Mar 242017
 

With thanks to Clare Scott, Communications Consultant, CJS Communication & Marketing.

An Aberdeen-based family support charity is using Mother’s Day to highlight the important role that experienced parents can play in supporting new mums and dads.
Home-Start Aberdeen works with families in the city, with at least one child under five years old, who may be vulnerable or suffering from
isolation. 

It provides these families with weekly support, which is delivered in their own home by a trained home visiting volunteer.

The majority of Home-Start Aberdeen volunteers are parents themselves, who understand the challenges involved in bringing up a family.

Now one of the largest Home-Start schemes in the UK, Home-Start Aberdeen supports over 220 families and 360 children each year. Isolation remains one of the most common reasons for referrals and the charity has a waiting list of more than 30 families who are in need of help.

Georgette Cobban, scheme manager, Home-Start Aberdeen said:

“Many of today’s new parents don’t have immediate access to a solid support network.

“People move around a lot more, meaning that extended family are not always available to give a helping hand, or to provide new parents with a break.

“Our home visiting volunteers help to fill that role, by providing a regular presence along with advice and encouragement on how new parents can get involved with community life. As we approach Mothering Sunday, we hope that experienced parents might consider reaching out to others.

“The Home-Start model works very well as the relationship is equal. It is all about parents supporting other parents and we know that our volunteers, as well as our families, get a great deal from it.”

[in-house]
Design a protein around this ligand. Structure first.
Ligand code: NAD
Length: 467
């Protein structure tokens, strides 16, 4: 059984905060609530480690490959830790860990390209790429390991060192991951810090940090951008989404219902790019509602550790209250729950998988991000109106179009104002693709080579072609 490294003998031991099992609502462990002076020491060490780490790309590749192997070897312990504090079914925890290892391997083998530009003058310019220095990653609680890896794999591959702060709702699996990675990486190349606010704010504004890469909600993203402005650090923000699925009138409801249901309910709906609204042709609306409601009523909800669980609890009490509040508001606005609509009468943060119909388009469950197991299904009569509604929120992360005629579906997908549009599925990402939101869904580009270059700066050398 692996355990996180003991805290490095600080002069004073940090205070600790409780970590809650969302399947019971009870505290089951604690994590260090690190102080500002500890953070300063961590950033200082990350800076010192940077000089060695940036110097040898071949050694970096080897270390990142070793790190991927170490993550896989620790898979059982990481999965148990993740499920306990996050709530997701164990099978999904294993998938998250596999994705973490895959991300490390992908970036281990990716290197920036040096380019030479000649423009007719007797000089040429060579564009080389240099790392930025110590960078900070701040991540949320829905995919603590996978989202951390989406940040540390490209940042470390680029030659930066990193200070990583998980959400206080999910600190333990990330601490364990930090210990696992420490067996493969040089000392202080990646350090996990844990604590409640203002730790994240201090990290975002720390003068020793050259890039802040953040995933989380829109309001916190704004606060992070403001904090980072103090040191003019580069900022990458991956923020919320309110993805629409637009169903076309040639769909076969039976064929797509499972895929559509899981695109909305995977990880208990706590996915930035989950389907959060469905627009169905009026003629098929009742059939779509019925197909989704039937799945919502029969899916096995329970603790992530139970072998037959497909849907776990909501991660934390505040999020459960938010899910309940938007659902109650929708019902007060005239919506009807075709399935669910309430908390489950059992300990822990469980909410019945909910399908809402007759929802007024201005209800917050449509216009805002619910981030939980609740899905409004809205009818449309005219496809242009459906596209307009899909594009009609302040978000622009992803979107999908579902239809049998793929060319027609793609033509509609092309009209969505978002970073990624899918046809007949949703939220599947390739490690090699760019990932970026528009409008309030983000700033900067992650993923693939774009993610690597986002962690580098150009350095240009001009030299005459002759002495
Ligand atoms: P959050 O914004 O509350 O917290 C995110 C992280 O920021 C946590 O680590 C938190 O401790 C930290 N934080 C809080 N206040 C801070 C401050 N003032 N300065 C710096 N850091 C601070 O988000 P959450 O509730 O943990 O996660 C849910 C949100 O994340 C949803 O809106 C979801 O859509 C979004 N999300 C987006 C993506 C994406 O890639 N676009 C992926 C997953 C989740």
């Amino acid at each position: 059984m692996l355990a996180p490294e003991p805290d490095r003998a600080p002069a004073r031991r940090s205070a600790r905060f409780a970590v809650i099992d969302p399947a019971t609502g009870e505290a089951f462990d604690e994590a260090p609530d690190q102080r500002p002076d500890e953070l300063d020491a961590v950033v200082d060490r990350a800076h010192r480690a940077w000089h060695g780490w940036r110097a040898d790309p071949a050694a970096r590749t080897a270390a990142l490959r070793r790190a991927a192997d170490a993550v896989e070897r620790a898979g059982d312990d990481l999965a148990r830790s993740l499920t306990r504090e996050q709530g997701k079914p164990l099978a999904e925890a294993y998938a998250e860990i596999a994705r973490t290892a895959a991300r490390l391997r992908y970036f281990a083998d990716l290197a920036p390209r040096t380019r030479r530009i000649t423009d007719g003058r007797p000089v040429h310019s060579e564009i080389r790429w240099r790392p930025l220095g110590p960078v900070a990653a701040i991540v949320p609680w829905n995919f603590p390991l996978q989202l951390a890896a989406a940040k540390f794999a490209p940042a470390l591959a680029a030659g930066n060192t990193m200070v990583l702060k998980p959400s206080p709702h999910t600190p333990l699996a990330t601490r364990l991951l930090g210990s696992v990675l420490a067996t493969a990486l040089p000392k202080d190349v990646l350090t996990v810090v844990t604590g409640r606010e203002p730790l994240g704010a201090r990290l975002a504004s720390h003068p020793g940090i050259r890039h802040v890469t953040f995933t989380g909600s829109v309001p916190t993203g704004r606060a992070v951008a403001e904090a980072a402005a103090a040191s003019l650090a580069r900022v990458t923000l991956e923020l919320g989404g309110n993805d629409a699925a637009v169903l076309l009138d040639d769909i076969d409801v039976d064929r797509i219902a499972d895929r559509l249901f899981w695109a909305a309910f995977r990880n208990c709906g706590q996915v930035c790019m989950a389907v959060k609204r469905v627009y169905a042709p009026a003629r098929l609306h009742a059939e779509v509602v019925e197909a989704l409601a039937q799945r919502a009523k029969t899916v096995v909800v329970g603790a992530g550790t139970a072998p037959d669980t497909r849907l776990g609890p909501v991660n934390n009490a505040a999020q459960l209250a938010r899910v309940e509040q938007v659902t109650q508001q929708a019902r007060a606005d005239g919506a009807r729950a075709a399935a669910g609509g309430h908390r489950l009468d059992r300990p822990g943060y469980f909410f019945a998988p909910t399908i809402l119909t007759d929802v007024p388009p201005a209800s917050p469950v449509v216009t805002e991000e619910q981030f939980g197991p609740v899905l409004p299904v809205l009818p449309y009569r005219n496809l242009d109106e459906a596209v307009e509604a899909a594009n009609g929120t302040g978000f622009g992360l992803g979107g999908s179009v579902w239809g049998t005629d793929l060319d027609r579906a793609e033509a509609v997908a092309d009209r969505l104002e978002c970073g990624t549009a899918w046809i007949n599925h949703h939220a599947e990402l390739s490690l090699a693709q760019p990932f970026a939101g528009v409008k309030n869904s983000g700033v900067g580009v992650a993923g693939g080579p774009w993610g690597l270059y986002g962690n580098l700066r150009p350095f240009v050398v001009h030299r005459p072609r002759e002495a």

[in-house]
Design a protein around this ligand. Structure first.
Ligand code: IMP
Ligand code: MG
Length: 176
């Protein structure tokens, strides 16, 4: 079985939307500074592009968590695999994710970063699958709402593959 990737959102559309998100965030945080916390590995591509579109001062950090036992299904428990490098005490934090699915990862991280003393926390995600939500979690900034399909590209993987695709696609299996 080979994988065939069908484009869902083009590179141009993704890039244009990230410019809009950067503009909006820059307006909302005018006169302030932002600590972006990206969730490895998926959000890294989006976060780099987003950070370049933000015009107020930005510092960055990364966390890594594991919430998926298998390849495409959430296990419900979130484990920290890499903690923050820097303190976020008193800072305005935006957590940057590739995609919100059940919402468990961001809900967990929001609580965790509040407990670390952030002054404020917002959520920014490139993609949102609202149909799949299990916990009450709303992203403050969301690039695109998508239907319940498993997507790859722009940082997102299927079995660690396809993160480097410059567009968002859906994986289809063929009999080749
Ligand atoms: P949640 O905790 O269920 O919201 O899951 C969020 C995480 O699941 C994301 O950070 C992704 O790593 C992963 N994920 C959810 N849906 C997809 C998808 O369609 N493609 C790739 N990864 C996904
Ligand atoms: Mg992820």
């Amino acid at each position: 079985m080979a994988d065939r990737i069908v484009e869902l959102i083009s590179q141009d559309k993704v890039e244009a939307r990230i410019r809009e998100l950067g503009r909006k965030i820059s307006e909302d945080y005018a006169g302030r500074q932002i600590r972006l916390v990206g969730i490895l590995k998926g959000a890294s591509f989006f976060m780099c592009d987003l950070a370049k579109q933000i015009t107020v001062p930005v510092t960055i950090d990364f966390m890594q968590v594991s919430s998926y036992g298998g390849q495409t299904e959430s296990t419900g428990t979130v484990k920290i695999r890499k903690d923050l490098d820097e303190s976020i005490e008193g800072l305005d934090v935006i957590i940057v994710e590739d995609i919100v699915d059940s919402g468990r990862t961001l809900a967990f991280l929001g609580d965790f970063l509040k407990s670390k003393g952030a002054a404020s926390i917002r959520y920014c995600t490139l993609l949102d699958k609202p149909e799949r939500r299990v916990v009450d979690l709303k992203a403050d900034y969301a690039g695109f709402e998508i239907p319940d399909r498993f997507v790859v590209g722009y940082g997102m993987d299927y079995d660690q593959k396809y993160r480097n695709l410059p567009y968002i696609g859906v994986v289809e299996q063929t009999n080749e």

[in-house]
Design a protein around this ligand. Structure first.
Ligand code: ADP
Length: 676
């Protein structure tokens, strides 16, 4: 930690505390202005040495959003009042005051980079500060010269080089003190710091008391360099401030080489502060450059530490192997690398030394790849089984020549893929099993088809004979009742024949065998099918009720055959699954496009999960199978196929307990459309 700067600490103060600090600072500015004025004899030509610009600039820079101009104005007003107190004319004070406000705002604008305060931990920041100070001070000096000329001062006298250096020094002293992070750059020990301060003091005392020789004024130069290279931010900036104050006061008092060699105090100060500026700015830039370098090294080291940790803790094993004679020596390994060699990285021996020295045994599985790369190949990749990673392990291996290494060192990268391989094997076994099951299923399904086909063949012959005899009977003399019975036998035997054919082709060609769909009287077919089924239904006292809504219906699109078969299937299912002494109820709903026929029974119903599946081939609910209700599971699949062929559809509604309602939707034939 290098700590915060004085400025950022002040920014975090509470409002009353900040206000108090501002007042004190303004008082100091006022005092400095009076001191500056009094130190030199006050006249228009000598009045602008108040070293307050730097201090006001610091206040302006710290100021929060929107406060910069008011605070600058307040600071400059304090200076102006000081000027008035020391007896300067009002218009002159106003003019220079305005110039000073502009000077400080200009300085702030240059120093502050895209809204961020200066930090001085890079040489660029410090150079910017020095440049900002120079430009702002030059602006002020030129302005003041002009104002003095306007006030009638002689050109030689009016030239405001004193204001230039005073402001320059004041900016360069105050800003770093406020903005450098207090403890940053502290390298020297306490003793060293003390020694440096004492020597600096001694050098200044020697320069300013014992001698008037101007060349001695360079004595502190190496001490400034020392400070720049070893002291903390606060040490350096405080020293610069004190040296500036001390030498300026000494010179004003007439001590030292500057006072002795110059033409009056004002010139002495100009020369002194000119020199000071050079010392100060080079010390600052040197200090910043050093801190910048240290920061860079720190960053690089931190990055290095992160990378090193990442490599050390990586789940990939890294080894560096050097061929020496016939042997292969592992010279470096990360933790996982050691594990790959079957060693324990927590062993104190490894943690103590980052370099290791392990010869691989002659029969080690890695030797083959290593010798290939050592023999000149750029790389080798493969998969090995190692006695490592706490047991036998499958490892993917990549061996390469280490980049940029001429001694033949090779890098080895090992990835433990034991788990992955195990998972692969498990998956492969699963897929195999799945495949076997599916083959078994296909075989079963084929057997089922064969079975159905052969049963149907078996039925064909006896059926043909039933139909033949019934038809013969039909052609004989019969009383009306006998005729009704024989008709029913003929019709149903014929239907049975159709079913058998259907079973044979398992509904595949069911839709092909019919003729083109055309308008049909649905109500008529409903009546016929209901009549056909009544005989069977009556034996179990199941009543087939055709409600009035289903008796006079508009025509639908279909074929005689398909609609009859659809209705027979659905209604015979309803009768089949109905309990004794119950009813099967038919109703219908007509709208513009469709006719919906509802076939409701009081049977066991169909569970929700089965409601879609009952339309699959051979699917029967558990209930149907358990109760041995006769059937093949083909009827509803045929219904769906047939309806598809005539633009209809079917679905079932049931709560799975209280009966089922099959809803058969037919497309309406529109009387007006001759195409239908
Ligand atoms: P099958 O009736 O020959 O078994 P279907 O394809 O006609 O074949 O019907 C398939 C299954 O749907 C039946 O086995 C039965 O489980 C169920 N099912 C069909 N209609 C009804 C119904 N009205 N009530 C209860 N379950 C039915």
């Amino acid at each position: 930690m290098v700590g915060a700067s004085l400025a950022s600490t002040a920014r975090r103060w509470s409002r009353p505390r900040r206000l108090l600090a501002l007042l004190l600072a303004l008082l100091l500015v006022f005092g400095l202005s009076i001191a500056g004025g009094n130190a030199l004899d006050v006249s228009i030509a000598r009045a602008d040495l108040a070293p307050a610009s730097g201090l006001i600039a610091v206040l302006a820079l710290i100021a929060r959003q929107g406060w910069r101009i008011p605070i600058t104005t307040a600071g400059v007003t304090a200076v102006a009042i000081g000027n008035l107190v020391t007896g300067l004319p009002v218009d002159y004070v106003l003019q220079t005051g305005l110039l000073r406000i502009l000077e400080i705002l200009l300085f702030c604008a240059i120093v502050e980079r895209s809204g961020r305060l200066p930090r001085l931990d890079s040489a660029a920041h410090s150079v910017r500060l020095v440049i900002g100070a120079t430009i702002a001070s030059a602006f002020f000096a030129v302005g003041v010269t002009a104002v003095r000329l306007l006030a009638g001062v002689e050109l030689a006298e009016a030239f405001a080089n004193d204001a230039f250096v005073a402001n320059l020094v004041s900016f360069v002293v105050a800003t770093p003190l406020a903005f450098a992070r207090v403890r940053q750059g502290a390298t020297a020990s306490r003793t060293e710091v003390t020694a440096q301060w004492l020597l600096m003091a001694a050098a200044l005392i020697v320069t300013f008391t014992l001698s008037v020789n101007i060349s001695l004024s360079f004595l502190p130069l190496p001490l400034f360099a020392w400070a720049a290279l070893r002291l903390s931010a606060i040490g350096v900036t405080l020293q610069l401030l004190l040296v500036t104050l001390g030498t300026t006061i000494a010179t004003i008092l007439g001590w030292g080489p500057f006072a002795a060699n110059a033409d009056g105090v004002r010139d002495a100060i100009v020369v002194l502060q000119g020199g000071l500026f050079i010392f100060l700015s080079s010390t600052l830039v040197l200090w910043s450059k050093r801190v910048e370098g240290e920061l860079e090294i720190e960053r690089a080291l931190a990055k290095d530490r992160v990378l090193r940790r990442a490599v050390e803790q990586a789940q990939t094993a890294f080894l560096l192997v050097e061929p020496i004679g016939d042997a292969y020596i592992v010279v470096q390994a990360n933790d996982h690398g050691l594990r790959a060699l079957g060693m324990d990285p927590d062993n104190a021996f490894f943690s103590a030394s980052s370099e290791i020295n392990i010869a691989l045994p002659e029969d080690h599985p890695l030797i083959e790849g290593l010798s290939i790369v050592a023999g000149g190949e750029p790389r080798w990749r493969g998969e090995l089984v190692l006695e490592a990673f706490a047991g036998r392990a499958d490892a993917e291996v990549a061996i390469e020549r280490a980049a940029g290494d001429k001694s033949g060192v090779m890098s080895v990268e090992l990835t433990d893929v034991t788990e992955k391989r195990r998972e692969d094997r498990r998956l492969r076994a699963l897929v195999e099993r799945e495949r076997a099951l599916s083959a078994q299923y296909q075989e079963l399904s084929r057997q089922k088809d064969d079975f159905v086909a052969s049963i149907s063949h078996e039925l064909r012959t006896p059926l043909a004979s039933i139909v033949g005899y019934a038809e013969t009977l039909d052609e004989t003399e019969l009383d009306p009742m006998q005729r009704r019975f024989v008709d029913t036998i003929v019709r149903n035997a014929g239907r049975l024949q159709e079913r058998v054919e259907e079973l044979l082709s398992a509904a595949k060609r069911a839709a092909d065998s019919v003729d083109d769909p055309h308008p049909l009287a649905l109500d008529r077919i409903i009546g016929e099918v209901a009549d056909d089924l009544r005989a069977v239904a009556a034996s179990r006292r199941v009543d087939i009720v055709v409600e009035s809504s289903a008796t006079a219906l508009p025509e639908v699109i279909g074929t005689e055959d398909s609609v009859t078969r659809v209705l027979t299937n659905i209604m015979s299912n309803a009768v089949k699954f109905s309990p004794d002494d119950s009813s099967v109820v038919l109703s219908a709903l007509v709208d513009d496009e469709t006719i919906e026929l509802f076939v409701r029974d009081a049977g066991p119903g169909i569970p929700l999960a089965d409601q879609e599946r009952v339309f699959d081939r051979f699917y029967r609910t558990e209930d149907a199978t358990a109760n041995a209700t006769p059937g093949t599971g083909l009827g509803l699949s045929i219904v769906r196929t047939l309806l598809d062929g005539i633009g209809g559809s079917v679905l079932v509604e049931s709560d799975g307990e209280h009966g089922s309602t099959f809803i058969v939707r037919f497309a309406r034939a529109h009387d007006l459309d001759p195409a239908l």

Now in its 30th anniversary year, Home-Start Aberdeen has launched a ’30 in 30’ campaign to recruit 30 new volunteers within 30 weeks. Volunteer induction courses are taking place throughout the year, with the next course starting on Wednesday, 3 May. For further information, go to www.homestartaberdeen.org.uk or email volunteering@homestartaberdeen.org.uk.

Home-Start Aberdeen has been working with communities in the city for 30 years. The charity provides vulnerable families with practical and emotional support in their own homes. Support is provided by trained volunteers, with supervision from a small team of coordinators. Families must have at least one child under five years old and live within the city, otherwise there are no barriers to access.

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Mar 102017
 

With thanks to Clare Scott, Communications Consultant, CJS Communication & Marketing.

An Aberdeen-based charity is marking thirty years of support for vulnerable and isolated local families by hosting a 1930s-themed afternoon tea fundraiser.

Organised by the Friends of Home-Start Aberdeen, the event takes place at The Marcliffe Hotel & Spa on Sunday, 21 May.

Those who attend can look forward to an afternoon of opulent nostalgia from the era, including Rat Pack-inspired music and dancing.

Guests will be greeted with a welcome drink on arrival, with the opportunity to browse a variety of stalls. Refreshments and entertainment will then follow in The Marcliffe’s ballroom. Well-known master of ceremonies Doug Duthie will preside over the afternoon’s activities, which include exclusive prize draws and a charity raffle.